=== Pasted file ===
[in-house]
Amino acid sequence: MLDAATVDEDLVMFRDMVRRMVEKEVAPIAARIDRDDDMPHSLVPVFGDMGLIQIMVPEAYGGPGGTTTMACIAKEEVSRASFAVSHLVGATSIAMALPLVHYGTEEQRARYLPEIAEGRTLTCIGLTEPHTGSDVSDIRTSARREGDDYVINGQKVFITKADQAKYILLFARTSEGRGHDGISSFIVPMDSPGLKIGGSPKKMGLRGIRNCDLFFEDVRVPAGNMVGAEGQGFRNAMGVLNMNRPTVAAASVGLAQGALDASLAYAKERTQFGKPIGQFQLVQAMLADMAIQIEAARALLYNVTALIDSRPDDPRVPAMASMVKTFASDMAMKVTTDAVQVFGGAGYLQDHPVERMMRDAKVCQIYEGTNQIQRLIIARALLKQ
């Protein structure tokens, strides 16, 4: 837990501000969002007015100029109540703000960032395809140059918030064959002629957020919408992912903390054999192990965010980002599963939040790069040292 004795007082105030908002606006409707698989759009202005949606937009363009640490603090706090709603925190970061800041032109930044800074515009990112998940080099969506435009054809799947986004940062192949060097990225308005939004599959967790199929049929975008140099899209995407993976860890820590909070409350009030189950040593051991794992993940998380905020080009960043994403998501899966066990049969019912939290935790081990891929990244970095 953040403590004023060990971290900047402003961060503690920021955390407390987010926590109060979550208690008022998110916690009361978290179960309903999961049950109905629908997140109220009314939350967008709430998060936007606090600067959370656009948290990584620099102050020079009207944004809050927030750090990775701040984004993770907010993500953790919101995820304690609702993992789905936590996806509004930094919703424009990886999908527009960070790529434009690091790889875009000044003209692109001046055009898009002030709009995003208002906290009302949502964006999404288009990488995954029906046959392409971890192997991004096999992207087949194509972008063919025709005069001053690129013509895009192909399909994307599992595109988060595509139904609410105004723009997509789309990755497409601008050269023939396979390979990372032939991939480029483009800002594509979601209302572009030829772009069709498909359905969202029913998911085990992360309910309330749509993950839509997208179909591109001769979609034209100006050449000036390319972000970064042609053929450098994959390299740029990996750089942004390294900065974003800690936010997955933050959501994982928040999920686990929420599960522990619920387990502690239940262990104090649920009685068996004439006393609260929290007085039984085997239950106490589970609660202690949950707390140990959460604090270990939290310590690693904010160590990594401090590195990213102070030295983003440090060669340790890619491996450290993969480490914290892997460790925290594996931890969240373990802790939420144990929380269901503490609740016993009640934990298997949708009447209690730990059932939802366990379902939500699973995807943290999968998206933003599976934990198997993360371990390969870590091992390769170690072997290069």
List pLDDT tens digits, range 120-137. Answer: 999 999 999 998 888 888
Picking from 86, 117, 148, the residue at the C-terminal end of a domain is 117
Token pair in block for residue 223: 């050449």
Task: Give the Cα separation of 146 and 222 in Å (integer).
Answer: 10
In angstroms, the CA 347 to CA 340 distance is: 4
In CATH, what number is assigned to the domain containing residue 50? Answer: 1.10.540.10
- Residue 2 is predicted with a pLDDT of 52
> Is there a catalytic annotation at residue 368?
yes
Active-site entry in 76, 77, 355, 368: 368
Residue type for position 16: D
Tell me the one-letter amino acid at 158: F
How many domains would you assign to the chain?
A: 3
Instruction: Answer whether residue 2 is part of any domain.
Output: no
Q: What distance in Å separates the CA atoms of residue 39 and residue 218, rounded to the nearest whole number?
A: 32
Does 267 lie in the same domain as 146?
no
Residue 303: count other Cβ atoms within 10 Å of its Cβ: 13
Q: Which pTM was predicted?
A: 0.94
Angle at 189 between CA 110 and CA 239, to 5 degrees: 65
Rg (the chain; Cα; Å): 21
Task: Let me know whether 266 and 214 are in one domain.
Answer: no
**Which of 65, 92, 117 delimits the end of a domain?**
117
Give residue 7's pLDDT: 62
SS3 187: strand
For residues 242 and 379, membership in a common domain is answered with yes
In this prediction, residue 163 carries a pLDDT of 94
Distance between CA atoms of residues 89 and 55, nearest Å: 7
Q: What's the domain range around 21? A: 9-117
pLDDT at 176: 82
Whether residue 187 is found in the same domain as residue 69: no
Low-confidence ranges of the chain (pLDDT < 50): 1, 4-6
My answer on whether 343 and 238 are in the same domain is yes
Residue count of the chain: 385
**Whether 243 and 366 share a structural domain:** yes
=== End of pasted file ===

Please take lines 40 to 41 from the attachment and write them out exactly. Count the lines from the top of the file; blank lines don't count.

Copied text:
pLDDT at 176: 82
Whether residue 187 is found in the same domain as residue 69: no